On one particular play Saturday, the first day of the Chiefs’ three-day rookie minicamp, receiver Jehu Chesson showed a glimpse of the talent that prompted general manager John Dorsey to trade two fifth-round picks to move back up into the fourth round of this year’s NFL Draft and select him.
Chesson, who checked in at 6 feet 3 and 204 pounds at the Combine, put his impressive combination of size, catch radius and ball skills on display when he skied high in the air to haul in a deep ball from quarterback Joel Stave.
Based on the reaction from new receivers coach Greg Lewis, however, Chesson would soon learn that plays like this in the NFL were the expectation, not the exception – not that he had any doubt, of course.
“He was just like, ‘Good job 80, get back in the huddle,’” Chesson said with a laugh.
Still, it was a sign that Chesson – who ran a 4.47 40-yard dash at the Combine – could potentially offer the Chiefs something they haven’t had in recent years at the wide receiver position: a consistent jump-ball weapon. Now, Jeremy Maclin is still the No. 1 target, Tyreek Hill showed gamebreaking ability, and Albert Wilson is a reliable player who doesn’t make mental mistakes. But none of them are “post-up” receivers, and while Chris Conley is big enough to be (6 feet 3, 205 pounds), he hasn’t had many opportunities to make such plays.
Enter Chesson, whose NFL.com draft profile describes him as a “ball tracker with good concentration” who “feasts on combat catches in a crowd” and “can leap and contort in mid-air to snare the difficult catch.”
Part of his identity, he says, is finding a way to win when the ball is the air.
“I have to, because that’s what the team needs, and I’m about doing what the team needs,” Chesson said. “So you throw that ball out there, and it’s me or nobody. That’s your mentality, and you’ve got to go up there and get it ... you make the play or you don’t. You’ve got to have that confidence that when that ball is in the air, it’s yours.”
Yet, for all his size, tough and athleticism – and Chesson has the latter in spades, as he was among the best athletic testers at his position in this year’s draft – his production as a senior at Michigan certainly didn’t back up his reputation or draft slot.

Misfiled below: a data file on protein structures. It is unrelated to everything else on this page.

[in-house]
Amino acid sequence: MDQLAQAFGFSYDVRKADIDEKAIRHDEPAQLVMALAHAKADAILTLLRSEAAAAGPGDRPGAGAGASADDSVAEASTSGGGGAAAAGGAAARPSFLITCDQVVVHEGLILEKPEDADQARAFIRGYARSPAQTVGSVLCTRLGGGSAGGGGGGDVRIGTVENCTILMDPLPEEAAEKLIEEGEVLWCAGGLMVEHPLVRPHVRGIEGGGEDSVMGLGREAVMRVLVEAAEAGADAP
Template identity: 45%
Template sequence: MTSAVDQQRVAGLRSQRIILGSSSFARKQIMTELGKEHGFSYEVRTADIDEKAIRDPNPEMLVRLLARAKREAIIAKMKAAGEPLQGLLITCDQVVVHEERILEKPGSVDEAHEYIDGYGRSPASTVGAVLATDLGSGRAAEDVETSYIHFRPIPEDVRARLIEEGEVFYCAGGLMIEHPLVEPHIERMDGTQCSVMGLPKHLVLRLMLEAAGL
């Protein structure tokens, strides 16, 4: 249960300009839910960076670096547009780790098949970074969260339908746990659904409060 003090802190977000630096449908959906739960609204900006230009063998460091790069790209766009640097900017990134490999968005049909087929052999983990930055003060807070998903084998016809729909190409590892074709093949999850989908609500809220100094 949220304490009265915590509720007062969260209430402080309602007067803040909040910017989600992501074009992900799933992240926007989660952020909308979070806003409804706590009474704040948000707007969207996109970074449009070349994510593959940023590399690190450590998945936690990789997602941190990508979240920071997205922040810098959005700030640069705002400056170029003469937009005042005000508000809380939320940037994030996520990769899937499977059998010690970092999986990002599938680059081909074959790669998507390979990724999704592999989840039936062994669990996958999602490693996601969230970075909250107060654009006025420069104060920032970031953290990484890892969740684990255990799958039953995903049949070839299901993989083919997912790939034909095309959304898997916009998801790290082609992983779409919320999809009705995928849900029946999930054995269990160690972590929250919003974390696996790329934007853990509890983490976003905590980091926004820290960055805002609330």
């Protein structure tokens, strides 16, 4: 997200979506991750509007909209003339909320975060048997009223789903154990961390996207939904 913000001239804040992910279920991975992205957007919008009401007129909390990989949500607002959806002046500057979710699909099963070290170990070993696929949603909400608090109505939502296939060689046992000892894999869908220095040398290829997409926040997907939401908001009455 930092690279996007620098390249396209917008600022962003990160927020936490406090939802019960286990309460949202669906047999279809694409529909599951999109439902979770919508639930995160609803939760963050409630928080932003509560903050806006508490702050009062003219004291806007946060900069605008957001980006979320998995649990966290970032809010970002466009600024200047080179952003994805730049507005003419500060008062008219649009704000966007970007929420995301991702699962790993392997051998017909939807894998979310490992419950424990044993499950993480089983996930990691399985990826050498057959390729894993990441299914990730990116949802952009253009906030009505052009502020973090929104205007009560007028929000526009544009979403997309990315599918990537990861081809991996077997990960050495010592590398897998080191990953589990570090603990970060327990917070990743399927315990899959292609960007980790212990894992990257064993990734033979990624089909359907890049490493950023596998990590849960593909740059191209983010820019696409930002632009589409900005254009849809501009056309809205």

After a killer junior season in which he won Michigan’s MVP award by catching 50 passes for 764 yards and nine touchdowns, his numbers plummeted to 35 catches for 500 yards and two touchdowns in 2016.
As you might imagine, this little fact became a popular topic during NFL teams’ pre-draft meetings with Chesson.
“I got that question a lot, man,” Chesson said with a laugh. “And my answer was this – I never really had a good answer.”
It was easy for Chesson not to be upset by the way his season went individually, however. Michigan went 10-3 in 2016 and made it to the Orange Bowl, and Wolverines coach Jim Harbaugh preaches the importance of team success over personal stats. So since he appreciated the opportunity to represent his team and his family name by playing the game he loves, he made sure his attitude reflected that last season.
“When things aren’t really swinging your way, the only thing you can control is your attitude – regardless of what people say, what they think,” Chesson said. “You just control your tenacity, how relentless you are and how you attack every single day.”
The Chiefs, however, attribute Chesson’s drop in production in 2016 – which probably contributed to his seventh-round grade from CBSSports.com – to other factors. For instance, Chiefs area scout Pat Sperduto said the offense changed in 2016 when Wilton Speight took over for Jake Rudock, who was drafted by the Lions last year.
“Changing quarterbacks and obviously changing the structure of how they operated from Jake to Wilson, that was a little bit different for them,” Sperduto said. “Ultimately (Amara) Darboh ends up getting more catches than Chesson just because of the routes they ran.”
Chesson also tore the PCL in his knee in Michigan’s Citrus Bowl win over Florida in January 2016, but on Sunday, he said the knee gave him no issues last season – “It felt great,” he said – and Sperduto agreed.
“No, he ran great,” Sperduto said.
Sperduto also liked Chesson’s lunch-pail mentality as a receiver, citing his college production on special teams – where he logged 17 career tackles – and also served as a gunner on punt and a vise (or cornerback) on punt return.
“Offense, defense, special teams – that’s what it takes to win the game,” Chesson said. “If you really want to win the game, you’re going to bust your (butt) on special teams.”
You’re also going to go all out to get the ball when it’s in the air, and that’s an area Chesson – who is predominantly focused on mastering the Chiefs’ wordy play calls – hopes to continue showing his stuff after Saturday’s great start.
“We’re going to keep working our deep ball, we’re going to keep working our gos, we’re going to keep working our routes,” Chesson said. “I have so much to learn, so much to improve on. But I’m making progress.”